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Canadian Journal of Gastroenterology
Volume 13, Issue 4, Pages 319-324
Original Article

Undernourishment and Yersinia enterocolitica Enterocolitis Alter Intestinal Contractility in the Rabbit: Role of Smooth Muscle Contractile Protein Content

Beth C Chin, Daimen TM Tan, and R Brent Scott

Gastrointestinal Research Group and the Department of Pediatrics, University of Calgary, Calgary, Alberta, Canada

Copyright © 1999 Hindawi Publishing Corporation. This is an open access article distributed under the Creative Commons Attribution License, which permits unrestricted use, distribution, and reproduction in any medium, provided the original work is properly cited.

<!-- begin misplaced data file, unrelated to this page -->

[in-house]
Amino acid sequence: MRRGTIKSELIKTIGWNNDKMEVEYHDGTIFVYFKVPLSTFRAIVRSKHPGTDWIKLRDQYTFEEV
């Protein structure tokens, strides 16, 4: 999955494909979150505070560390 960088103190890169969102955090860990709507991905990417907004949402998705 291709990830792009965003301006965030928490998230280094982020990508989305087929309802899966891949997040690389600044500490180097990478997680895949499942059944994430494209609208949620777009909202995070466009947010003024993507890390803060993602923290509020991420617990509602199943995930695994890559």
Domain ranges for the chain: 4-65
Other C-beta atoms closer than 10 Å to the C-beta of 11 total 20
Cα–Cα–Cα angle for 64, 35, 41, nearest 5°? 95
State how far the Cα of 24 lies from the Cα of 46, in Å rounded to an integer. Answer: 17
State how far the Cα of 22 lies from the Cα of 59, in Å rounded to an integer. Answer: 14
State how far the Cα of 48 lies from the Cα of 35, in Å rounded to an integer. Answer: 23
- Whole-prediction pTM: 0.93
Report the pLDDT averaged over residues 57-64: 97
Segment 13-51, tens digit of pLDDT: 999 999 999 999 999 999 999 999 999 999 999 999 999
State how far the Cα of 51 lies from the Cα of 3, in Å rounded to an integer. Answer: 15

Previous studies have demonstrated that the longitudinal smooth muscle of rabbits infected with Yersinia enterocolitica and undernourished because of reduced food intake exhibit a significantly reduced ability to develop tension in response to carbachol compared with pair-fed animals, which are uninfected but equivalently undernourished. To determine whether the alteration in smooth muscle contractility results from changes in cell number (hypo- or hyperplasia), or in contractile protein content or isoform distribution, New Zealand White rabbits (600 to 1000 g) were randomly assigned to one of three treatment groups: infected, pair-fed or control. Tissue contractility was measured, morphometric studies were performed and immunoassays were developed for the measurement of total actin, gamma-enteric and alpha-vascular isoactins, and myosin heavy chain. Consistent with what was found in previous reports, the contractility of longitudinal smooth muscle in response to carbachol was found to increase in pair-fed animals and to decrease in Y enterocolitica-infected animals. There was no significant change in the proportional thickness of the ileal longitudinal smooth muscle coat, and the number of cross-sectioned longitudinal smooth muscle cells/mm2 was not significantly different in infected, pair-fed or control tissues. Immunoassay indicated that the proportion of each specific contractile protein, relative to total protein content in the muscularis propria, was unaffected by Y enterocolitica infection or by pair-feeding. Thus, the alterations in intestinal longitudinal smooth muscle function observed after Y enterocolitica infection were concluded not to be associated with tissue hypo- or hyperplasia, or changes in the total content or isoform distribution of contractile proteins in the muscularis propria.